Yesterday, March 20, was the International Day of Happiness. (I hope you enjoyed yourself.) In recognition of this largely unknown fact, the Sustainable Development Solutions Network released it’s annual World Happiness Report, which names Norway (a nation whose chief cultural export is “Black Metal“) as the happiest nation on Earth. The United States comes in at a distant 14th.
Should we, the citizens of the United States, be worried about this? Pundits and professors say we should, as the reason for our declining happiness has been associated with “declining social support,” a “decline in trust” and “an increased sense of corruption.” Yet, etymologically speaking, it just so happens that happiness may be somewhat out of our control, so maybe we shouldn’t be too broken up about not being number one on the list.
What the hell am I talking about? I’ll explain, but before I do, let’s start (as we always do) with some definitions.
The (compact) Oxford English Dictionary defines happiness as:
1. Good fortune or luck in life or in a particular affair; success, prosperity
2. The state of pleasurable content of mind, which results from success or the attainment of what is considered good.
3. Successful or felicitous aptitude; fitness, suitability, or appropriateness; felicity.
By way of second opinion, the Webster’s New World Dictionary of the American Language, has the following to say about happiness:
1. Good fortune; luck
2. Pleasure; joy; contentment
Surprised by the presence of words like “good fortune” and “luck” in these definitions? Perhaps you ought not. According to the Oxford Dictionary of Word Histories, the word happiness, which comes from happy (duh), is rooted in the Middle English word hap, which means, you guessed it, “luck.” Hence the words haphazard, meaning “by accident or caused by chance,” and hapless, meaning “unfortunate or unlucky.”
The (Ayto) Dictionary of Word Origins agrees, albeit in its usual, round-about way.
happy – The Old and Middle English word for happy was what in modern English has become silly. This began to change its meaning around the 15th century, and obviously an opportunity began to open up for an adjective expressing “contentment” (as opposed to positive “joy,” denoted by then glad, fain, and joyful.) The gap was partially filled by a weakening in the meaning of the word glad, but waiting in the wings was happy, a derivative of the noun hap “chance, luck” (source of happen), which, when it was coined in the 14th century, meant “lucky, fortunate, prosperous.” The main modern sense is “highly pleased or contented” developed in the early 16th century.
I’m not surprised that we modern humans have tried to separate happiness from luck, and now choose to view the former in terms of “pleasure, joy, or contentment.” Be it the air conditioning in our homes or the insurance on our very lives, we’ve gone to great lengths to eliminate chance from our lives. Why should our approach toward happiness be any different? We like to be in control, hence the assertion of Psychology Today that, “Researchers estimate that much of happiness is under personal control.”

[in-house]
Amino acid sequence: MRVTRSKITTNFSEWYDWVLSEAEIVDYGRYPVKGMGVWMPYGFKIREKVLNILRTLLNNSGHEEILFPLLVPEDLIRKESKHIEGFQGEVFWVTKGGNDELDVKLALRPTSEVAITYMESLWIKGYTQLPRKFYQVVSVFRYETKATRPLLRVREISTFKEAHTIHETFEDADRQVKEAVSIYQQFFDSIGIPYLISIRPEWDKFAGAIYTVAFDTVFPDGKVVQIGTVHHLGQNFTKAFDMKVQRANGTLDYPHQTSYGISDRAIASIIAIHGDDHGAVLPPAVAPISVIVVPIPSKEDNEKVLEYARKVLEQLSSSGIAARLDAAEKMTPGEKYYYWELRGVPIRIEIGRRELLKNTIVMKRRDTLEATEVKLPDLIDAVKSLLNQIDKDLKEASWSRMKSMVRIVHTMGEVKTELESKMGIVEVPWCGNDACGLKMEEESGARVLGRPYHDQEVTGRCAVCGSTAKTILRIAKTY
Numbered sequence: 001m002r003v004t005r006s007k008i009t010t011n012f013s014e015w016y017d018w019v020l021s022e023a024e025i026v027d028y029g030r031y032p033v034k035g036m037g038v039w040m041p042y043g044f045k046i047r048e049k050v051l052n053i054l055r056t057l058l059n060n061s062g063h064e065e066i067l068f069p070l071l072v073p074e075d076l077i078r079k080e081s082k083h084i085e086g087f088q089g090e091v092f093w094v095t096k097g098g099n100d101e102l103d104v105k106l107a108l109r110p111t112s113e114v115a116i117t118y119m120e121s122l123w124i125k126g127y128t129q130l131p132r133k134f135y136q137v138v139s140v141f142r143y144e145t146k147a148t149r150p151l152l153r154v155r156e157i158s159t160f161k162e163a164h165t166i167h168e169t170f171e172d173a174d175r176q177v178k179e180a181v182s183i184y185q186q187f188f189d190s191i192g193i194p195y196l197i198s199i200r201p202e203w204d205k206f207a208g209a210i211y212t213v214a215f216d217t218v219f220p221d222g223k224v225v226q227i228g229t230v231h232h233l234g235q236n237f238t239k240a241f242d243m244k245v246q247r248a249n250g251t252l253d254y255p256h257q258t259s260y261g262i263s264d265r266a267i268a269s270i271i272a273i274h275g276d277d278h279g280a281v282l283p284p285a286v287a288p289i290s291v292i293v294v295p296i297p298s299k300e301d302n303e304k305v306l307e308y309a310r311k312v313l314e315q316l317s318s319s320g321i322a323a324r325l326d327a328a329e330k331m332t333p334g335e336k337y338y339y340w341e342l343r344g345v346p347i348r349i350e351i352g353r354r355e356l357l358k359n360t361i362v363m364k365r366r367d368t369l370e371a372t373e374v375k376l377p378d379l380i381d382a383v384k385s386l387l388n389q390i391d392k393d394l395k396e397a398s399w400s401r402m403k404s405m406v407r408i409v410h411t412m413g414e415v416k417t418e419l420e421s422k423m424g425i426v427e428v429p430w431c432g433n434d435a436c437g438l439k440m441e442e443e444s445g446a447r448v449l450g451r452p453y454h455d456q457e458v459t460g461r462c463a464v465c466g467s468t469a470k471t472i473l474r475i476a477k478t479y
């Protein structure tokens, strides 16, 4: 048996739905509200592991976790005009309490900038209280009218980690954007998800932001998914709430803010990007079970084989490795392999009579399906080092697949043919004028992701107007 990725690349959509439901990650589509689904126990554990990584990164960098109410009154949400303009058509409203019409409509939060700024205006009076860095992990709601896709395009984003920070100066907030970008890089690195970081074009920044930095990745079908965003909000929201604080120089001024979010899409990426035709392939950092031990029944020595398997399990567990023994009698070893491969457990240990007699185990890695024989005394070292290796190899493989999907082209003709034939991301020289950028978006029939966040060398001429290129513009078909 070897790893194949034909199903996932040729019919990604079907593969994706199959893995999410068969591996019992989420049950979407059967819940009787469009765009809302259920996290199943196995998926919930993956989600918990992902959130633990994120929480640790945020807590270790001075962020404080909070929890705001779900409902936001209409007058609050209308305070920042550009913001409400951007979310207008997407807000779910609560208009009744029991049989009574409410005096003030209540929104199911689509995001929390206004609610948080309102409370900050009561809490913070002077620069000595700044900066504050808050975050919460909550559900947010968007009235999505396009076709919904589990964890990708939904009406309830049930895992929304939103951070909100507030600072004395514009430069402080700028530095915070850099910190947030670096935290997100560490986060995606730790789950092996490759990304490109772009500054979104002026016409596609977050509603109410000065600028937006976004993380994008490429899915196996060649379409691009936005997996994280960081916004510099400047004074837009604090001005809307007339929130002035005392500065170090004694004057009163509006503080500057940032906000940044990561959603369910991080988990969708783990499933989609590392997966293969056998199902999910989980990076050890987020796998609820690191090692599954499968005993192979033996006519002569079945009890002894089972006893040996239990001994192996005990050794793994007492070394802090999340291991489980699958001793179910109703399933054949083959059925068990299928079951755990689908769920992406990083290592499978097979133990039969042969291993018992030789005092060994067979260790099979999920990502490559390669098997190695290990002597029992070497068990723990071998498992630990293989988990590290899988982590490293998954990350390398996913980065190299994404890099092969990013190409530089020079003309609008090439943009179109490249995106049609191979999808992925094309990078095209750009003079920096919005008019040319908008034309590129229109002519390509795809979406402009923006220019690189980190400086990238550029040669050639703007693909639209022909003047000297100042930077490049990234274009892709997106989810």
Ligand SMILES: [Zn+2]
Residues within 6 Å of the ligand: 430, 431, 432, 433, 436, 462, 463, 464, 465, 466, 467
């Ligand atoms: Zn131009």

But is it?
According to this article from NPR about the World Happiness Report, the global happiness researchers conducted their survey (in part) by inquiring as to whether people around the world “had family and friends to count on in times of trouble” and how they perceived “levels of freedom, generosity and trust — both in each other and in their governments and businesses.” I’m no expert, but it seems like luck could play a huge role in how a person might respond to such queries, particularly if he or she lives in one of the countries that came in toward the bottom of the rankings.
But back to happiness, luck, and the co-mingling of the two in the above definitions. While it might be unnerving, even unpleasant, to think that luck is a part of happiness, dictionaries don’t lie. They are mirrors of our language and, by extension, our minds, and deep down in each and every one of them, we know that (as British dramatist Tom Stoppard put it so eloquently) “Life is a gamble….”
No wonder the founding fathers afforded us “life, liberty, and the pursuit of happiness.”
1) While going through the ARL collection looking for books with entries on happiness, I discovered that none of the psychological references at my disposal had anything to say on the subject. I find that immensely interesting.
PS) The also lack entries for the word joy.
2) From the Dream Dictionary from A to Z:
“Dreams that leave you with lingering feelings of joy and exhilaration are less common than those that leave you with feelings of dread and uncertainty. This may be because there are always challenges and responsibilities to face in the real world, and your dreams tend to reflect your anxieties about meeting these challenges.”
If, however, you’ve had a joyful dream “and these senses and feeling mirror your feelings in waking life, then your dream was simply a reflection of your elation. If you had a joyful dream and your waking circumstances are far from ideal and you are feeling worried, anxious, or lacking in self-confidence, your unconscious may be trying to comfort and reassure you as a way of compensating you for your current unhappiness or misfortune. Your unconscious may also be trying to send you an important message that can help you boost your chances of happiness in waking life.”
3) I don’t know what causes humans to feel happy, but I have done some research on why people feel sad. You can read about that here.